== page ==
the last reference (1 for byte, 2 for word, 4 for longword).
-
A location preceding the last location accessed by an
EXAMINE or DEPOSIT. The location is the last address
minus the size of the last reference (1 for byte, 2 for word, 4 for
longword).
*
The last location referenced by an EXAMINE or DEPOSIT.
@
Indirect addressing. The address-spec is used as a pointer to
the data. The format is @address-spec, where address-spec can
be any valid address except another @. See Example 4–1.
Note
Remember that the symbolic addresses from the previous command are
used for indirect addressing. See Example 4–1.
4–8 CIO Mode Console Commands
4.3.7 FIND
FIND searches the main memory beginning at physical address space 0 for either
a page-aligned 512-Kbyte segment of memory, or a restart parameter block (RPB).
When FIND is successful, it saves the address plus the segment of memory (or
RPB) in the stack pointer. When FIND is unsuccessful, an error message is
displayed and the contents of the stack pointer are unpredictable.
The FIND syntax is:
FIND
Table 4–9 describes the qualifiers.
Table 4–9 Qualifiers for FIND
Qualifier
Function
/MEMORY
Searches main memory for a page-aligned 512-Kbyte segment
of memory.
/RPB
Searches main memory for a restart parameter block. The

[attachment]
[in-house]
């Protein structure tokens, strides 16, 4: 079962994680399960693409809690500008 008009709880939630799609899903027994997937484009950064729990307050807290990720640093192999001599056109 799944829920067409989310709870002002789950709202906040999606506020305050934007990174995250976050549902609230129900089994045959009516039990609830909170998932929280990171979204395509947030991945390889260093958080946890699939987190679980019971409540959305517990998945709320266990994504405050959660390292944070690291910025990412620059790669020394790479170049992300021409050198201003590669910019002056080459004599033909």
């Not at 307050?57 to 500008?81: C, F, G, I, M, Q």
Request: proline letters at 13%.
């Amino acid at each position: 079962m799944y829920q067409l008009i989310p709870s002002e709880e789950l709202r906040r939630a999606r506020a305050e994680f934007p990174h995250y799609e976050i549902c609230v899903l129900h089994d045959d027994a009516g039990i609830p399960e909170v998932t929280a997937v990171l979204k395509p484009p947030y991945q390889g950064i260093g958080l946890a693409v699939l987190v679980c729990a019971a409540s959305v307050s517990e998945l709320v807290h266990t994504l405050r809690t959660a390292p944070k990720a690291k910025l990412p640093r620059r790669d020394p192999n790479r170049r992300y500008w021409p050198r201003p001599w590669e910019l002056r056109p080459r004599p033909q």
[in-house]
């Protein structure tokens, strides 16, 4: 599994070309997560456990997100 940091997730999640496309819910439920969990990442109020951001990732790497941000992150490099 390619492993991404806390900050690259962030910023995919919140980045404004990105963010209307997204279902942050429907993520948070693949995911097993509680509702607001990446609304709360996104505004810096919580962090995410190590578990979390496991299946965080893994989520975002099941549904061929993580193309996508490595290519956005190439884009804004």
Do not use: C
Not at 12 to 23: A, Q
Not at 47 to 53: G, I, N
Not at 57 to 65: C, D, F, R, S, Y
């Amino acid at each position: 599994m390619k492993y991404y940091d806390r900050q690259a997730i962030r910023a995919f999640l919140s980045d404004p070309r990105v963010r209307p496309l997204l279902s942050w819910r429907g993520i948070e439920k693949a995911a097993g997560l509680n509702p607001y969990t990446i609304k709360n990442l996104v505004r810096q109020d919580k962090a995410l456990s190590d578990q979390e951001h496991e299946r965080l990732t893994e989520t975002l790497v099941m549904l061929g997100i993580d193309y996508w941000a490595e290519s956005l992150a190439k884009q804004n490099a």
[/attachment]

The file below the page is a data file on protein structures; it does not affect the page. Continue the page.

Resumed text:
search leaves memory unchanged.
4.3.8 HELP
HELP displays a summary of the commands, their arguments, and qualifiers.
When you supply a command name, HELP displays the arguments and qualifiers
for that command only. HELP does not provide complete descriptions of the
commands.
The HELP syntax is:
HELP [command]
Or:
? [command]
CIO Mode Console Commands 4–9
4.3.9 INITIALIZE
INITIALIZE performs the steps shown in Table 4–10.
Table 4–10 INITIALIZE Steps
Step
Action
1
Do hard reset of zone (the cross-link state is set to off).
2
Do hard reset of all available ATMs.
3
Initialize hardware.
4
Reconfigure the zone and update the device configuration block
(DCB) to reflect the zone status.
5
Execute the Duplex Compatibility Test.
6
Load the firmware into the console main loop.
The INITIALIZE syntax is:
INITIALIZE
4.3.10 MOVE
MOVE transfers the specified number of bytes (count) from the source-address to
the destination-address.
The MOVE syntax is:
MOVE source-address destination-address count
The source-address is the starting address of the data. The destination-address
is the starting address of the destination. The count is the number of bytes to be
moved.
4.3.11 MATCH_ZONES
MATCH_ZONES copies the system-wide module data EEPROM from the other
zone. MATCH_ZONES does not copy the zone-specific module data EEPROM.
Use MATCH_ZONES only when:
•
The cross-link state is set to off, and
•
The path to the other zone is available. (The cross-link cables and other zone
power is on.)
The MATCH_ZONES syntax is:
MATCH_ZONES
4–10 CIO Mode Console Commands
4.3.12 REPEAT